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What is an S Corp?
An S Corp, or sometimes called an S Subchapter, is one type of incorporated legal business entity. An S Corp has a similar business structure to a limited liability company and a C Corporation but what makes it different are distinct characteristics that meet specific IRS requirements.
An S Corp will protect a business owner from certain liabilities just like an LLC or a C Corp. The business is a separate entity from the owner so if there is a lawsuit or debt collection against the company, the owner’s personal assets are protected.
One great advantage of an S Corp is that it is a pass-through entity like an LLC. This allows business income, losses, deductions, and credit to pass directly to shareholders without paying federal corporate taxes.
Just like a C Corp , an S Corp can secure funding from outside investors. Essentially, an S Corp shares the best benefits of an LLC and a C Corp.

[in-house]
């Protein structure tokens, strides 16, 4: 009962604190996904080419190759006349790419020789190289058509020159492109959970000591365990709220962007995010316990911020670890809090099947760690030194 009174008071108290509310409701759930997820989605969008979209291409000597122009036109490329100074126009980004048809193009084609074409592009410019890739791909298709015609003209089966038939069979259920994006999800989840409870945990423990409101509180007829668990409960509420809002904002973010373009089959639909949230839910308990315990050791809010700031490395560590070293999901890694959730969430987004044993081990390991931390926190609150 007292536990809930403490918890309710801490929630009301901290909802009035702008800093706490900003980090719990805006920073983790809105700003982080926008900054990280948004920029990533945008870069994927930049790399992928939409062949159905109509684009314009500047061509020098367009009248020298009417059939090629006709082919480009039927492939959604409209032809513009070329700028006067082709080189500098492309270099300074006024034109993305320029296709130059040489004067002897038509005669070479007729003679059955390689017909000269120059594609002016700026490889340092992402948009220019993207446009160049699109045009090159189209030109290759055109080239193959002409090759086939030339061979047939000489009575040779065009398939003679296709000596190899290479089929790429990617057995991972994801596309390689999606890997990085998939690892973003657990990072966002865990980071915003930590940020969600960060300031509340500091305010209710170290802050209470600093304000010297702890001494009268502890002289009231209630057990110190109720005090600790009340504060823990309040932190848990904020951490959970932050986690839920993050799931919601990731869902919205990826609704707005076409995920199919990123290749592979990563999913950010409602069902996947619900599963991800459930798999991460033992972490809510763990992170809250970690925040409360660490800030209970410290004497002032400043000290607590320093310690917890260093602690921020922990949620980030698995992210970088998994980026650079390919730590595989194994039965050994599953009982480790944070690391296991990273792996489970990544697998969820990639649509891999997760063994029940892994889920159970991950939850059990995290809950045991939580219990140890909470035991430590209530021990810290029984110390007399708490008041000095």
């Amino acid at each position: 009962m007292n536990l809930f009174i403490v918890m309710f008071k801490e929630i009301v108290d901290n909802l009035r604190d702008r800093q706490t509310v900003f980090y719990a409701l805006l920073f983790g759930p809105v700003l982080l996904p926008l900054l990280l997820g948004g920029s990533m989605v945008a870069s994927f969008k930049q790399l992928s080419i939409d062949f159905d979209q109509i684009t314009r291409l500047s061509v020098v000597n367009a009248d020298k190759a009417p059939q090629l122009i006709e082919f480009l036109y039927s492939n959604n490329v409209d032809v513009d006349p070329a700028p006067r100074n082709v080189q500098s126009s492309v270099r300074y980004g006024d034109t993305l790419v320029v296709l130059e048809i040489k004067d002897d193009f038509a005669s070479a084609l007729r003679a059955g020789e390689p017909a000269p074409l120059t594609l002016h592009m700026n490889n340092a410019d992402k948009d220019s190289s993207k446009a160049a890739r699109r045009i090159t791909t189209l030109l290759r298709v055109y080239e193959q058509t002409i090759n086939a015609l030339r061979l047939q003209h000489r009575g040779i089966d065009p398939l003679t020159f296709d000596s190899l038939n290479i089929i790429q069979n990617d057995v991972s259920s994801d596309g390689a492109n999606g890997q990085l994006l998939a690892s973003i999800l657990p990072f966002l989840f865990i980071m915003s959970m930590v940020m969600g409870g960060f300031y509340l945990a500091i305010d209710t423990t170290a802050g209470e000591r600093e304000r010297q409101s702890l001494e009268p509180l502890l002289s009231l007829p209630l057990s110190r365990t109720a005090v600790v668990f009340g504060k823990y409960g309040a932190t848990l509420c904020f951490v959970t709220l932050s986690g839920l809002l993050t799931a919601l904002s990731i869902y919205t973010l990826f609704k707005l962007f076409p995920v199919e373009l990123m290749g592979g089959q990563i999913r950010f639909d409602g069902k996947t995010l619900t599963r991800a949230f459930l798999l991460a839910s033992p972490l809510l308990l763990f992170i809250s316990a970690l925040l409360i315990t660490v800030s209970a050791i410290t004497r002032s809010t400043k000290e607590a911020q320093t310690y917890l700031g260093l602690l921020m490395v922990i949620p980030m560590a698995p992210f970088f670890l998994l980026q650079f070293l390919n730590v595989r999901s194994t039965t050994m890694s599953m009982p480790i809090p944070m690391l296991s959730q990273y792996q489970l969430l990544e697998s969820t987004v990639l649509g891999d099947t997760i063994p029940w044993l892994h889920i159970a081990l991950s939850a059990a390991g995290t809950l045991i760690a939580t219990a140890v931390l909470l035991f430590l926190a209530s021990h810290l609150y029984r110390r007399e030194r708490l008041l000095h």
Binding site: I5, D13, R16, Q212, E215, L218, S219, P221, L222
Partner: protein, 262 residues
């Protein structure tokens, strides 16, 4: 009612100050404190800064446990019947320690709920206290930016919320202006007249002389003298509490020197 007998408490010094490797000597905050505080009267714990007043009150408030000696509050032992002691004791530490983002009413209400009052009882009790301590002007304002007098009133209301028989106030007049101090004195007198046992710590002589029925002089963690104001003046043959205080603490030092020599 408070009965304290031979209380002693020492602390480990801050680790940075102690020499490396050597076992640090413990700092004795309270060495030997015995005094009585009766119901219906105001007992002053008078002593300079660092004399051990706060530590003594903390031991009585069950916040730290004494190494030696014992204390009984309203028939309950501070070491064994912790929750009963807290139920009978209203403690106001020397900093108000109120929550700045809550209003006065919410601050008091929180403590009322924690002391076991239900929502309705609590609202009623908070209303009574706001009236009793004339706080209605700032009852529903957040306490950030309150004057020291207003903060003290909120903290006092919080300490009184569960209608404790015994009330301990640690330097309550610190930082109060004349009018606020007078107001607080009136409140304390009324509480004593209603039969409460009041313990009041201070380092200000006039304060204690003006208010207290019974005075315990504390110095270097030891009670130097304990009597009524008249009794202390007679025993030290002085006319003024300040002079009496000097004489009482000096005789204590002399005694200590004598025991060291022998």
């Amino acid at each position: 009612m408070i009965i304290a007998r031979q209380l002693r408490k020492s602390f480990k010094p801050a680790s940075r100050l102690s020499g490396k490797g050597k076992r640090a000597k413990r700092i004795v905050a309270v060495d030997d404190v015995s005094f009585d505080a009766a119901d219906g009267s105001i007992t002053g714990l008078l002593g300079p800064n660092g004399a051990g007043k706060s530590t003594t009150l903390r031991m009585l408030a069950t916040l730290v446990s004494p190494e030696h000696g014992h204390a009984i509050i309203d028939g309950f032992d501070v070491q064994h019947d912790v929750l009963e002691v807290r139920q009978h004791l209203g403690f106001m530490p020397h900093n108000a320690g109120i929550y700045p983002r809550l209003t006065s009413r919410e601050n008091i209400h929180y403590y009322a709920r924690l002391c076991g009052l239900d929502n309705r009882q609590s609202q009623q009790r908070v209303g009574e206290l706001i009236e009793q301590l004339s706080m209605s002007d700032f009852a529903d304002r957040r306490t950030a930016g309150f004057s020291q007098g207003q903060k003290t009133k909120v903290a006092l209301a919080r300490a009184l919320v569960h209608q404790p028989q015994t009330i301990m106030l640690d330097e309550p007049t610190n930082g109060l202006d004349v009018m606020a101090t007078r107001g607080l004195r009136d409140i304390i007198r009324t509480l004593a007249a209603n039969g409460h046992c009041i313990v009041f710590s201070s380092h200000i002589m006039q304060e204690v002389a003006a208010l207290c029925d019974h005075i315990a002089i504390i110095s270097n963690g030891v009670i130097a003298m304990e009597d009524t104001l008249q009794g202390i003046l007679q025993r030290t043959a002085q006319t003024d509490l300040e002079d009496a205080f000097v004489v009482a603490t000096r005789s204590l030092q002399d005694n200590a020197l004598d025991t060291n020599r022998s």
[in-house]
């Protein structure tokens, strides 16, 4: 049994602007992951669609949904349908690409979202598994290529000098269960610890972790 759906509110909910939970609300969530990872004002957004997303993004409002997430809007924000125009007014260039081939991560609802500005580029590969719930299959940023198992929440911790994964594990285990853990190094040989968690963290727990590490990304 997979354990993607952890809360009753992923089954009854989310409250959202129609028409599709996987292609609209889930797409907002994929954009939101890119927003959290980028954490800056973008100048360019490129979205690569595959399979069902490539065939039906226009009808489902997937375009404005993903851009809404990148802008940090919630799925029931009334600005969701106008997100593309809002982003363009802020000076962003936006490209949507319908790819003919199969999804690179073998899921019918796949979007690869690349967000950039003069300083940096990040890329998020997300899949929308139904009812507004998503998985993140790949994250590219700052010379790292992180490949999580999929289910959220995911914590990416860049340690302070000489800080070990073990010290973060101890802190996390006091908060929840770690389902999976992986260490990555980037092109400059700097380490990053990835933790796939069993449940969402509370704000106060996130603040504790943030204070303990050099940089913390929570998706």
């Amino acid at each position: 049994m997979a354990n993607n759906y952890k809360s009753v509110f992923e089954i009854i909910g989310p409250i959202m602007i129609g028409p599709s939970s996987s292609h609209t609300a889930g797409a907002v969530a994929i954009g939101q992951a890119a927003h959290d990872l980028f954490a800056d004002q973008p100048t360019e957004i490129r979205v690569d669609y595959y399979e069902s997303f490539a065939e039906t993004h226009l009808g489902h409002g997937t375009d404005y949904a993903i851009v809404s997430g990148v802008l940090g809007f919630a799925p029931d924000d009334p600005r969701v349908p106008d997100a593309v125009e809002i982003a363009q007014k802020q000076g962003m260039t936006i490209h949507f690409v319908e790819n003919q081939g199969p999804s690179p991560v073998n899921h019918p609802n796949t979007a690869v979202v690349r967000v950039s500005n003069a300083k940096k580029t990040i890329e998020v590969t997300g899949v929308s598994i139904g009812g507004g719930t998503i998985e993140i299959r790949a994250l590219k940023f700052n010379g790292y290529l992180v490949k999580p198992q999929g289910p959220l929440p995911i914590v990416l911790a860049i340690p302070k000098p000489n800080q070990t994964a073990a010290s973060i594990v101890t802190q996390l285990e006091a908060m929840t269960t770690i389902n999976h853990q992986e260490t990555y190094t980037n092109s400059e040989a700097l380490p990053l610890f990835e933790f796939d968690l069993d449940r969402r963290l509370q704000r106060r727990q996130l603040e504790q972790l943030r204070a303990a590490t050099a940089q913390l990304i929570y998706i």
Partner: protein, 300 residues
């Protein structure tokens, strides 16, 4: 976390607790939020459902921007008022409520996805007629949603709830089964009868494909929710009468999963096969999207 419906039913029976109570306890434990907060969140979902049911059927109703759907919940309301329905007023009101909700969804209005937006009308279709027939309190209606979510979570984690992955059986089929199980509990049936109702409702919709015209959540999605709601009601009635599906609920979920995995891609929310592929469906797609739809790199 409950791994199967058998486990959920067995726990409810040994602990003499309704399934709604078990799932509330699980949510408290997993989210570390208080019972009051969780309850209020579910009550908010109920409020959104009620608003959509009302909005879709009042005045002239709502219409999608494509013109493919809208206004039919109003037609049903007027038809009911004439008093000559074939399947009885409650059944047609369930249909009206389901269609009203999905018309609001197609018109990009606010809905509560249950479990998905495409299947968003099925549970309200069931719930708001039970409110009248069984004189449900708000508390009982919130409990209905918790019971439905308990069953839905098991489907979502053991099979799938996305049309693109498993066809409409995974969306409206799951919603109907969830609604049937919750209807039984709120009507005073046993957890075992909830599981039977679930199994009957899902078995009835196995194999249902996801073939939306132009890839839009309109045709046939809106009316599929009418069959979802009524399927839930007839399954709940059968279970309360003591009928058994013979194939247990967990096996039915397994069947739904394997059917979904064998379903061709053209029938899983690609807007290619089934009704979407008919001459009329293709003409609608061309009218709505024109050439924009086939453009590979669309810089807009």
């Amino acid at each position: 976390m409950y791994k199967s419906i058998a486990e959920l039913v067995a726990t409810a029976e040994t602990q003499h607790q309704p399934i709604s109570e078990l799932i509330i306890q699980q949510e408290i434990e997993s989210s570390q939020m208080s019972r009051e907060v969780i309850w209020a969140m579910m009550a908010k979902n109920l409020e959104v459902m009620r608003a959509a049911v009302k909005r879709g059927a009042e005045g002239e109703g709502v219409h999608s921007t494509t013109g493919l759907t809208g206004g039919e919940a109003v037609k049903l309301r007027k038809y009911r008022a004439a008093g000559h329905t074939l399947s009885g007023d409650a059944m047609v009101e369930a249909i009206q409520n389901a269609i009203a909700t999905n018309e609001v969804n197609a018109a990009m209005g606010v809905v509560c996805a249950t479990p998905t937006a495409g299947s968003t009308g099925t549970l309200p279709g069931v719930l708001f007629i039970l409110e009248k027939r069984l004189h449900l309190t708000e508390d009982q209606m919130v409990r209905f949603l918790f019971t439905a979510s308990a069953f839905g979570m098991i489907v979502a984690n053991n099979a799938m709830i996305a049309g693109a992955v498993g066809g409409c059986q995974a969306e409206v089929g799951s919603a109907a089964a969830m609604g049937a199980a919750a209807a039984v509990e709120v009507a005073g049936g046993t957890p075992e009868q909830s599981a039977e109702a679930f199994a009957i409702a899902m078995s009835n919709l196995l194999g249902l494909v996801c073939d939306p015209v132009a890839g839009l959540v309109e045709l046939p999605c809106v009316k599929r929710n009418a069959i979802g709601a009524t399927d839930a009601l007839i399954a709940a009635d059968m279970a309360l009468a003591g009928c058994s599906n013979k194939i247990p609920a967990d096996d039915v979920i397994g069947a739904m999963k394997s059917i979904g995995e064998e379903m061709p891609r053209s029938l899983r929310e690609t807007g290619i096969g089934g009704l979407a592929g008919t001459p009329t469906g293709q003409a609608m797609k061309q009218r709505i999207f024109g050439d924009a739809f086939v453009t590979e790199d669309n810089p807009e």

To have your business qualify for an S Corp, it must meet strict requirements set by the IRS. These requirements include:
- No more than 100 principal shareholders or owners
- Owners must be US citizens or permanent residents
- Cannot be owned by any other corporate entity including other S Corps, C Corps, LLCs, business partnerships or sole proprietorships
- Required board of directors
- Required annual shareholder meetings
- Strict regulations on bylaws
- Strict regulations on issuing stock shares
Forming an S Corporation is similar to forming any other business. If you are ready to start your business and have decided that an S Corp is the right structure, you can follow these steps.
- Step 1: Name Your Business: Your business needs a unique name that is not already being used by another S Corp in your jurisdiction. You can contact your local state business offices to find out where to get a list of current S Corps to see what names are being used.
- Step 2: Set Your Board of Directors: Every S Corp is required to have a board of directors. The board of directors is your businesses governing body that represents the shareholders of the company. One of the requirements of forming an S Corp is that this board needs to have regularly scheduled meetings and keep minutes for these meetings. The board will also develop policies for managing the company.